z which is declared as extern float z. If it is not declared in the sub
function, the function will not know what z is. If the z value changes in
the main function then automatically the value changes in the sub
function and vice versa.

Now, the compilation is done by ,

cc sample3.c add.c -lm -o a.out.
we are not creating the object file. We just do everything together. Then
the program is run.

We run it and check what value "z" takes in the program of add.c if we
change it in main. We should add printf statements inside the program
add.c to do this.
add(x)
   float x;
{
  float y;
   extern float z;
   y = sqrt(x);
   z = x+y;
   printf ("%f \n",z);
}

Put similar print statements in the "main" to show that the value of "z" is
changed even though it is not "passed" through the function call.

Then ,we could have a static variables. These are special definitions.

Static variables are initialized only once by the function. The static data
is assigned the initial value only on the first time the function is entered
and is not re-initialized every time the function is entered.

We will see this here with an example

(sample2.c)

# include<math.h>
#include<studio.h>
float z;

main()

{
    float x;
    extern float z;
    int i;
    x = 0.0;
    for(i=1;i<=3;i++)
    {
    add( x);
    printf("%f %f \n",x,z);
     }

}
add(x)
 float x;
{
 static float y = 0.0;
 extern float z;
 y = y+2;
 z = x+y;
 }

We declared the static variable y = 0.0 here. It means that it will initialize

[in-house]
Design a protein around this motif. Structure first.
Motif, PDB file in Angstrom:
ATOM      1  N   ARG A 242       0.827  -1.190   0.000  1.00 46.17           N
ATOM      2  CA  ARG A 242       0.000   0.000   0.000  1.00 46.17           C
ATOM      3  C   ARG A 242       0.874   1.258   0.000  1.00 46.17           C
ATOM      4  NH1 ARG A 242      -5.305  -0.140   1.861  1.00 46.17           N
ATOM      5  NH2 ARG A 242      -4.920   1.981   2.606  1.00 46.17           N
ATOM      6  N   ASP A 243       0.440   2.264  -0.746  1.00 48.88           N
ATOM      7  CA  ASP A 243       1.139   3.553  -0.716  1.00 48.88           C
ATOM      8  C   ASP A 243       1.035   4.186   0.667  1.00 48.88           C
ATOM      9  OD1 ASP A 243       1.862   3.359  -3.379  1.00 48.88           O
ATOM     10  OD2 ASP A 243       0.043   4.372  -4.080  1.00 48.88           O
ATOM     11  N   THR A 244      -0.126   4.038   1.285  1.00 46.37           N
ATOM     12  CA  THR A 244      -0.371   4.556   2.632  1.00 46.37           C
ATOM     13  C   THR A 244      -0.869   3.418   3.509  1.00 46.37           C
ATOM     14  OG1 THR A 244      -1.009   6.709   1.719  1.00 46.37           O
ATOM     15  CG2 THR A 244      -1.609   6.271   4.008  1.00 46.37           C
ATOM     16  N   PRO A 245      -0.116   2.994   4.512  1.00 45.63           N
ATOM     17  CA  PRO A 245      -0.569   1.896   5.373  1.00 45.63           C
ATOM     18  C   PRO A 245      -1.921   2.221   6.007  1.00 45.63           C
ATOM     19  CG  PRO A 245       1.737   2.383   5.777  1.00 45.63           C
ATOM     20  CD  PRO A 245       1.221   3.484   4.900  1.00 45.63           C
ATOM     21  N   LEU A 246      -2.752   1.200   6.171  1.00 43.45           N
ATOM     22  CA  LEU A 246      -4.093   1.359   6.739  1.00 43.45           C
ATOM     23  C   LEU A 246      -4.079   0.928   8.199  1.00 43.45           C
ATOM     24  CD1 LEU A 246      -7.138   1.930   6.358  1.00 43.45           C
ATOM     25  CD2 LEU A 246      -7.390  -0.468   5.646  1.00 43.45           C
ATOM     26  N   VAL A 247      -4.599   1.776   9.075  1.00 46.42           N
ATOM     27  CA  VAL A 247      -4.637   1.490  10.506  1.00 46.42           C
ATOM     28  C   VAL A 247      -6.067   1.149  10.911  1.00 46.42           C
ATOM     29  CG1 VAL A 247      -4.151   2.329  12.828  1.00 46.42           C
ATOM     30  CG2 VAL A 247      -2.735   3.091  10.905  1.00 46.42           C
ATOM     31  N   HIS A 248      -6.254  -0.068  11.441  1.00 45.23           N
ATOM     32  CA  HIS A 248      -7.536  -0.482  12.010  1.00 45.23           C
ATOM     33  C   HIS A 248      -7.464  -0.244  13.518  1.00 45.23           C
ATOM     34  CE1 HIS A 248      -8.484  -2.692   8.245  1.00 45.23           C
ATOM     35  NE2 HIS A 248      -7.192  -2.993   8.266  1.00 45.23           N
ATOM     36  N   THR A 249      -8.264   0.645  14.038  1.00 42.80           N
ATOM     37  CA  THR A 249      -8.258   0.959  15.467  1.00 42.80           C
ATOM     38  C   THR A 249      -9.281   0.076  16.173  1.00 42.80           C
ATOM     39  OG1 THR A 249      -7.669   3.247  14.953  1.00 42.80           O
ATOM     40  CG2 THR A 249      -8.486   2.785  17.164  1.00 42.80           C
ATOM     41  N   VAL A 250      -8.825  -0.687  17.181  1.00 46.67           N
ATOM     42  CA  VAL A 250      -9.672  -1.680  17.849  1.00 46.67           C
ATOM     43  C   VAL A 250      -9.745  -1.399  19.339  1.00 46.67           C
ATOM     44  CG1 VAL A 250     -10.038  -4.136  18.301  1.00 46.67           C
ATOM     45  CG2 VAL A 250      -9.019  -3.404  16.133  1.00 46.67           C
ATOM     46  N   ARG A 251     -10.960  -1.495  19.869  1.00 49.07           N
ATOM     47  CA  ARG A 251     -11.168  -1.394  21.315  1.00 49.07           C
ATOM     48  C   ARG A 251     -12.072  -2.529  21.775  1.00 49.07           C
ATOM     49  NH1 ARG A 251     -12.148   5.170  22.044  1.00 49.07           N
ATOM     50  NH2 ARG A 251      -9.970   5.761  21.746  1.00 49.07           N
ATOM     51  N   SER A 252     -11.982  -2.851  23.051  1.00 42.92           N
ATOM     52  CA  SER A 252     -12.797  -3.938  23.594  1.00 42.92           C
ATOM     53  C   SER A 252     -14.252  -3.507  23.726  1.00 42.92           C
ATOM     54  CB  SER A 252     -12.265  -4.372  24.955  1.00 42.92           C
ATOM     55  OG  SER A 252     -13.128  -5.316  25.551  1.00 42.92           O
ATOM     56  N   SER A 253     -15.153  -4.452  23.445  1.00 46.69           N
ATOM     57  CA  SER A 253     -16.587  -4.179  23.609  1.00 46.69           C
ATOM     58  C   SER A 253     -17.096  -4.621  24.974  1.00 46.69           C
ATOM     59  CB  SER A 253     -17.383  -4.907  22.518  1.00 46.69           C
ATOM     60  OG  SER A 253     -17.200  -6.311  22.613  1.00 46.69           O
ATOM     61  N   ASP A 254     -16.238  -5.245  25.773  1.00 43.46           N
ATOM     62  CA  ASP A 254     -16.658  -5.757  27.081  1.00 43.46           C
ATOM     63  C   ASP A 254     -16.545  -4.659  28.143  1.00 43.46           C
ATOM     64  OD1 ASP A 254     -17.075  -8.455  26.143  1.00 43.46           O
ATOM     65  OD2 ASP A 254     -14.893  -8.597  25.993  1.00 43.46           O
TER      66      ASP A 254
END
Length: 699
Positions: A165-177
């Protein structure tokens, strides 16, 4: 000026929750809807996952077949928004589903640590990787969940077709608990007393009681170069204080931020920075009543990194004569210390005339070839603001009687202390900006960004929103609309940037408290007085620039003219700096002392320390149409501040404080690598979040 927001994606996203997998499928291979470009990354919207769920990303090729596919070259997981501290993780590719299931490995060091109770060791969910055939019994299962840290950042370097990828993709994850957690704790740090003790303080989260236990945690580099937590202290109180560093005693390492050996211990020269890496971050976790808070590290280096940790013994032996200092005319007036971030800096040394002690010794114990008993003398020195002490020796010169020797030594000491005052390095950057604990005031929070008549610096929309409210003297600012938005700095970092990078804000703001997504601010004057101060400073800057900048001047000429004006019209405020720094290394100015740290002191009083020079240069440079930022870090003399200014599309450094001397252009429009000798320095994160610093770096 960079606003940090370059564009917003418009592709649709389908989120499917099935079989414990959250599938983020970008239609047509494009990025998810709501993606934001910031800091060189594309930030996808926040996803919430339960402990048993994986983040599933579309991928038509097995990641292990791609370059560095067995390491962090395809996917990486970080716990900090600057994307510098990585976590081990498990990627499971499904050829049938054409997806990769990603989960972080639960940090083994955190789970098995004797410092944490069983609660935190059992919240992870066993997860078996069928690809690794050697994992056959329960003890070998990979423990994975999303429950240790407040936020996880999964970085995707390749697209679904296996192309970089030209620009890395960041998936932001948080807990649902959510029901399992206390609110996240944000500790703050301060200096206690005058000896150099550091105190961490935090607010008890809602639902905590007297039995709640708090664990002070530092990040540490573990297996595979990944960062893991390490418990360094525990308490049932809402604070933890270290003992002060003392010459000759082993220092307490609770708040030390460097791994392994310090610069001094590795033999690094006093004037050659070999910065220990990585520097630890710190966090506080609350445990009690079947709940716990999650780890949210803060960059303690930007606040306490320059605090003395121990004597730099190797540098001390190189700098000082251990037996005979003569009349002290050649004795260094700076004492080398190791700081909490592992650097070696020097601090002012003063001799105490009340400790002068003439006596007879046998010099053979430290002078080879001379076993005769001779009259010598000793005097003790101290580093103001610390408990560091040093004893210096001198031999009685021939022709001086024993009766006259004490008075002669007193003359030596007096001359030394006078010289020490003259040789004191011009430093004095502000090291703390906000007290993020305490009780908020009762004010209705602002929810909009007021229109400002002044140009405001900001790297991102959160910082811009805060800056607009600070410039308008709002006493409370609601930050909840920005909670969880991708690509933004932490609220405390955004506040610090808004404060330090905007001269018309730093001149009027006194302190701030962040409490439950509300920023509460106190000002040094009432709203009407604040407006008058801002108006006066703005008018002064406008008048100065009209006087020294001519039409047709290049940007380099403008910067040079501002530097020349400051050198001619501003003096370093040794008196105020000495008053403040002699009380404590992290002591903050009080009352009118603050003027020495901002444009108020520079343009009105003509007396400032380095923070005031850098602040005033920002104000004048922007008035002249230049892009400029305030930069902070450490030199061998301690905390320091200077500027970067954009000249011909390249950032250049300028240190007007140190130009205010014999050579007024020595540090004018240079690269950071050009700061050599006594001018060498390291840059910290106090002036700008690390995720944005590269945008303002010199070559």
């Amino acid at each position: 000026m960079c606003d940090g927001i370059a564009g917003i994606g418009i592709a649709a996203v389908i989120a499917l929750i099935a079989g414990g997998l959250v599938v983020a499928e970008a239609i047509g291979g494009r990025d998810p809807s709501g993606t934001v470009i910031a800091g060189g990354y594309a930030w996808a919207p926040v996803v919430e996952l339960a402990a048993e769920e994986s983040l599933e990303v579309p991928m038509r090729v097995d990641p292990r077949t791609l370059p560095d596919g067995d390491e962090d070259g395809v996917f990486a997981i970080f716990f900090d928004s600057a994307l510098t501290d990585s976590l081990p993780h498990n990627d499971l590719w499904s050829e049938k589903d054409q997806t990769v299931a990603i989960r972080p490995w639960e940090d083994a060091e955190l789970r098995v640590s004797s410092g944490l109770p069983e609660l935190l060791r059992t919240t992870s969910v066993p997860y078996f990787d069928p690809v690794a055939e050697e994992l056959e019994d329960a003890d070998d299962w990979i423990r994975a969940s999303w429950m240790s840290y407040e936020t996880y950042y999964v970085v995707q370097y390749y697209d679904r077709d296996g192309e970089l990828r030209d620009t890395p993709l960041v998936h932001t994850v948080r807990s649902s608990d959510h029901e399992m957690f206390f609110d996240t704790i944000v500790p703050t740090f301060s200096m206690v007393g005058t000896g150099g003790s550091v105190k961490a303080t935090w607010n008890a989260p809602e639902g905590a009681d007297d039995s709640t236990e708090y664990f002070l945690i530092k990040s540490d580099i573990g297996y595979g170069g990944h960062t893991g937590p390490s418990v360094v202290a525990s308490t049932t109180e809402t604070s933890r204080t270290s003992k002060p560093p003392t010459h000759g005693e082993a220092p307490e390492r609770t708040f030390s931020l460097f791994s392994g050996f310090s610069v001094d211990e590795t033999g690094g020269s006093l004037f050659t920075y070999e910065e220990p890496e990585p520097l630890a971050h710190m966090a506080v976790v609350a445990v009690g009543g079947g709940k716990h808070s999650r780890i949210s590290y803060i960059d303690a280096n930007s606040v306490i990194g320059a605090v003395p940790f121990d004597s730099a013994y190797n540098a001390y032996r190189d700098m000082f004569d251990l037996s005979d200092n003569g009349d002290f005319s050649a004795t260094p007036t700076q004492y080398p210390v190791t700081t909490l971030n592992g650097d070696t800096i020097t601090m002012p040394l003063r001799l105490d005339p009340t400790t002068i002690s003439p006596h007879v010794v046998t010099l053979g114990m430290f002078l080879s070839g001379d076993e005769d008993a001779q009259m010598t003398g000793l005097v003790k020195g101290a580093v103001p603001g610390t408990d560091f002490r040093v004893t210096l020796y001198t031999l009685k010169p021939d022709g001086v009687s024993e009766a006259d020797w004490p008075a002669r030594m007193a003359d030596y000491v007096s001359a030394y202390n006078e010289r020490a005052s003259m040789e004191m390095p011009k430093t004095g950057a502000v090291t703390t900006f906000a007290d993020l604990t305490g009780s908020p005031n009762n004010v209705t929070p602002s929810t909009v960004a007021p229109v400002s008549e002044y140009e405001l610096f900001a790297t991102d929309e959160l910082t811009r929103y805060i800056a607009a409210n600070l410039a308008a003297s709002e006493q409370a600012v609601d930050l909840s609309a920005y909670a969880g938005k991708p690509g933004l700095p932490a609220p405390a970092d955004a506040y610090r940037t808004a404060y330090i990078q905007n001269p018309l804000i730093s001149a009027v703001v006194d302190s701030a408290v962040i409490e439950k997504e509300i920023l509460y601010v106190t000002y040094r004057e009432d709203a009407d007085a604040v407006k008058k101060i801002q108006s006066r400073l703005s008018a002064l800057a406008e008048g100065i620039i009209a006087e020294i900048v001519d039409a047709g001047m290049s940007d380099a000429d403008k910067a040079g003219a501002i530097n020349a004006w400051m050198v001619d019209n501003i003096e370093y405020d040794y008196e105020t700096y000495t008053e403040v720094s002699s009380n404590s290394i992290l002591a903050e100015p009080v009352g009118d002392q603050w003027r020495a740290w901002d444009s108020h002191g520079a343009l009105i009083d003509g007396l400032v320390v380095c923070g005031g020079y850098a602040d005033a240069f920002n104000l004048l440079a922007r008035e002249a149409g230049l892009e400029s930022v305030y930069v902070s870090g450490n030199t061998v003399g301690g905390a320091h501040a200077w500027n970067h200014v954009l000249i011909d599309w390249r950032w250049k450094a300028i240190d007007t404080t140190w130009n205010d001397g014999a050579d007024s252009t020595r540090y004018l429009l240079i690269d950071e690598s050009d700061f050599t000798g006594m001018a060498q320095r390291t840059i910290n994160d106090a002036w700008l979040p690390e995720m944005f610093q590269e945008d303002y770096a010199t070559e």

the value for y as 0 at first. Then, it won't. If we run the program, we get
the results as 2,4,6. First it takes the value 0 and then in every further
calls to add it increments by 2.

Check what happens when static statement is removed? It would
initialize this variable the first time it enters the sub function. Since "y" is
initialized every time the values of "z" will be 2 every time !

Static variables are very useful. In many cases, for example, in the case
of random number generator, we have some kind of seed. We pass this
see to a random number generator and is returns a random number and
updates the see. The next time we call the random number generator it
give a new number because the seed is new. This is a case where we
don't want the seed to me initialized in every call. We want to get a
new random number in every call. So in subsequent calls the seed
value should not be initialized, that is it should be treated as "static".

We have auto variable ,static variable and external variables. These are
the basic three classes that we have gone through. Going back to our
definitions in the variable declaration. We have [class] [type] [name
]=[initial value].
We can put any names here. We have to be careful, the variables in
the c language are case-sensitive. We mayor may not put the initial
value.
Second thing is the type. So far we have used only one or two types,
float and int..
Here is the summary or the chart of the various data types.




 We could have an integer or we could have an floating point or we
could have an character. Characters are declared as char and integers
are declared as int and floating points as float.

There are two different types of integers which we can declare, Long